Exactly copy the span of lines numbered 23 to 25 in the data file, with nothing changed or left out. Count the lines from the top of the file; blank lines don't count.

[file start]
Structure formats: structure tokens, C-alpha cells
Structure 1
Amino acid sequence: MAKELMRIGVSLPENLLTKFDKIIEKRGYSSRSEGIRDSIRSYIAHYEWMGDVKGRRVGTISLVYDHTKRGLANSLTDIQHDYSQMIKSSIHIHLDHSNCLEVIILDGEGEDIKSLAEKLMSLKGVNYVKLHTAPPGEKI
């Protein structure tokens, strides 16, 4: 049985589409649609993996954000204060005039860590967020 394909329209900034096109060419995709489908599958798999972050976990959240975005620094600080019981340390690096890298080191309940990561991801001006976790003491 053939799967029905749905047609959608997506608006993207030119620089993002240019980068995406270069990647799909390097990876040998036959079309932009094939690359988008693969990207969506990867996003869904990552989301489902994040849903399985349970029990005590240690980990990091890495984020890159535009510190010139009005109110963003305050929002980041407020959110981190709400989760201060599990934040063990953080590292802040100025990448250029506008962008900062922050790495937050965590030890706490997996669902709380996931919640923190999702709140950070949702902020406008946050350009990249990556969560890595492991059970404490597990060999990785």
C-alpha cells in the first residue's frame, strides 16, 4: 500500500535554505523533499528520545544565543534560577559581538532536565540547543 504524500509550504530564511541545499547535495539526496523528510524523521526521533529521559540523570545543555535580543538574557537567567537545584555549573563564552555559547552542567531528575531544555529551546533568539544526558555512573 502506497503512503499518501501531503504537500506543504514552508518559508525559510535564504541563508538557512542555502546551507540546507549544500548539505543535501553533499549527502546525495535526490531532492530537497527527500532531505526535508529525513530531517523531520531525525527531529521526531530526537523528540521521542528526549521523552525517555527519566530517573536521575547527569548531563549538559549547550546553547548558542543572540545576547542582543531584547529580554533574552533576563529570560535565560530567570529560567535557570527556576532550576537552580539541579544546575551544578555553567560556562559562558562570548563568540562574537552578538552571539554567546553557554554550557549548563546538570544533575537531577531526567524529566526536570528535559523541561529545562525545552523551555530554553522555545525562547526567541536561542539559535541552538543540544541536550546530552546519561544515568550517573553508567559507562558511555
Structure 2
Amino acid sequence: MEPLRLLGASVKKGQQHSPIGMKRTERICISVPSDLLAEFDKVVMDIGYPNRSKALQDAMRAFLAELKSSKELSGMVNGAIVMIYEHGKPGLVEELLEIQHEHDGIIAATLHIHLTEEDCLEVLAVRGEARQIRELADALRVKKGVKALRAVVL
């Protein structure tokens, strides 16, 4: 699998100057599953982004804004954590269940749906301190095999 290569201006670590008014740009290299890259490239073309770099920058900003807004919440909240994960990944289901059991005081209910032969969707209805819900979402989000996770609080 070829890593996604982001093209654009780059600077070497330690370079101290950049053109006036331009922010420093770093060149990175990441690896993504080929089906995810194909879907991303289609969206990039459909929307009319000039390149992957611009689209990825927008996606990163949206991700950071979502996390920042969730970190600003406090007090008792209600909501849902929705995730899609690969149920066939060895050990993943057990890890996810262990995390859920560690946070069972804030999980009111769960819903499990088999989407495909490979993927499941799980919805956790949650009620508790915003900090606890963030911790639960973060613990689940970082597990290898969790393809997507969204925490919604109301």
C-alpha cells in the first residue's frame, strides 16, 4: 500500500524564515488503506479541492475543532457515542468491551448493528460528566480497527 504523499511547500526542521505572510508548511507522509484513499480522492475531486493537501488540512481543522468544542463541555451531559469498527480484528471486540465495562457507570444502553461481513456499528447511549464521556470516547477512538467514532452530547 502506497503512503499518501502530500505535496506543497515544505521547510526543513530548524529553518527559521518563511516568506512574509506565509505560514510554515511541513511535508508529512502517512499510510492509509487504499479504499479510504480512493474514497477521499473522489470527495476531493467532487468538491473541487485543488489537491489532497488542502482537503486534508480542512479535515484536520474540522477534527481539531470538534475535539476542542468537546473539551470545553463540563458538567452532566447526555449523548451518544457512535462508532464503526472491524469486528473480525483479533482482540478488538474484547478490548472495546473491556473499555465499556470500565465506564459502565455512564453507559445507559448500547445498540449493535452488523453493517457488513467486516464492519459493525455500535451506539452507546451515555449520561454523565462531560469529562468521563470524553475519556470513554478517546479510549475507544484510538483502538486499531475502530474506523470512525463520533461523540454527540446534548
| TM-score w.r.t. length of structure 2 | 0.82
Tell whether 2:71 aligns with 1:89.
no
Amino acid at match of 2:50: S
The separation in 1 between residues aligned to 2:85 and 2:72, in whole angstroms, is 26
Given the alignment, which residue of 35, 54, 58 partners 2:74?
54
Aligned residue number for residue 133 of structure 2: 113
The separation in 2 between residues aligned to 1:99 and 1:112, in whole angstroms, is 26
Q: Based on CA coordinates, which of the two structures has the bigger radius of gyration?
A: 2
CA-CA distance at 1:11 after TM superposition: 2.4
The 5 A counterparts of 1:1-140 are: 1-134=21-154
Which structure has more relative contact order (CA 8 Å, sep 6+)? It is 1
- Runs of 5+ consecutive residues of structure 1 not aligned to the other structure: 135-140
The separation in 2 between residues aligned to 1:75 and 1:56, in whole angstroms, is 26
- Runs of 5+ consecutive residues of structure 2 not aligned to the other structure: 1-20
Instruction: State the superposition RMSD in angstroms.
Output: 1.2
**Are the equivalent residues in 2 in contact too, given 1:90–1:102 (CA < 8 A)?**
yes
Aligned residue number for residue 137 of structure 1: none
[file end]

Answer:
Which structure has more relative contact order (CA 8 Å, sep 6+)? It is 1
- Runs of 5+ consecutive residues of structure 1 not aligned to the other structure: 135-140
The separation in 2 between residues aligned to 1:75 and 1:56, in whole angstroms, is 26